Karsten Meinich

Critic / editor

Voted for

The Passion of Joan of Arc1927Carl Th. Dreyer
Cléo from 5 to 71962Agnès Varda
Persona1966Ingmar Bergman
Barry Lyndon1975Stanley Kubrick
Annie Hall1977Woody Allen
Blow Out1981Brian De Palma
Close-up1989Abbas Kiarostami
Jurassic Park1992Steven Spielberg
Heat1995Michael Mann
La Vie d'Adèle Chapitres 1 et 22013Abdel Kechiche


It has been a great honour, contributing my vote of 10 films to Sight & Sound's poll of "Greatest Films of All Time" in 2022. I prefer to watch films on the big screen in a dark room, but was born in 1982, so I am part of a generation that grew up with the internet and a wide range of home video options. So film history have been accessible in my time, and I am deeply grateful for it. Cinema is a source of continuous discovery to me, so making the tough choices of naming only 10 films – carving their titles into stone, so to speak, at least until 2032 – does not come easy. What about this one? What about that one? It has been too long since I saw those, are they still great? And what about the films I've yet to see? This week, for example, I discovered Kurosawa's "High and Low" (1963) for the first time, and it was magnificent – a great film. In 2021, "Petite maman" by Céline Sciamma, my favorite new film of that year – achingly beautiful and wise – a great film. And rewatching Lumière shorts can still make me dizzy with awe, seeing through their eyes how the door into a whole new art form is opened. Great films.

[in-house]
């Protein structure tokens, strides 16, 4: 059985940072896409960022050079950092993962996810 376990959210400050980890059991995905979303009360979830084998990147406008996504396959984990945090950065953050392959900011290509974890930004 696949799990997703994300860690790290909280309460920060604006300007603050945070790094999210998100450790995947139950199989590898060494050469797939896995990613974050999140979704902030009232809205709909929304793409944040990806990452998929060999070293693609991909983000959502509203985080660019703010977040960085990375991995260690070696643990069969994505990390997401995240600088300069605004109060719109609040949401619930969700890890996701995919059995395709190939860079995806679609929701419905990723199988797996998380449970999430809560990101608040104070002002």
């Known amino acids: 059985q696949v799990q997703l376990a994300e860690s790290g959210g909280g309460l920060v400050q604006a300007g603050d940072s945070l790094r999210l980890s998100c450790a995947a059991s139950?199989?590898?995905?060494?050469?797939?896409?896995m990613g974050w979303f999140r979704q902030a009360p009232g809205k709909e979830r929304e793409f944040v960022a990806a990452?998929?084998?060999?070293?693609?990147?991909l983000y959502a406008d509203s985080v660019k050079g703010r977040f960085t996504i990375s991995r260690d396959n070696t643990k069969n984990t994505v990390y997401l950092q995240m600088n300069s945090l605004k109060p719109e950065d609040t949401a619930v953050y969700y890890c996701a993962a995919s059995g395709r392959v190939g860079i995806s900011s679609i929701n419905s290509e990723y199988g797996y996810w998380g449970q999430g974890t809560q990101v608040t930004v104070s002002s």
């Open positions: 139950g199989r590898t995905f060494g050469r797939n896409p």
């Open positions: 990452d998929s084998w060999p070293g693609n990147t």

The selection of this 2022 canon of the greatest films of all time, is a collaborative effort of the whole body of voters selected by Sight & Sound, and by that I realized it is not the responsibility of "one". So I took that weight off of my shoulders, and chose 10 personal favorite films – great films – that I can stop my day and watch at any given moment, and that I love without hesitation. Films that offer discovery, even long after I saw them for the first time. Films that reflect the pain, joy and mysteries of human existence. Films that question these reflections, and offer stories and characters and images to share an experience of life – one that I myself might never have access to otherwise.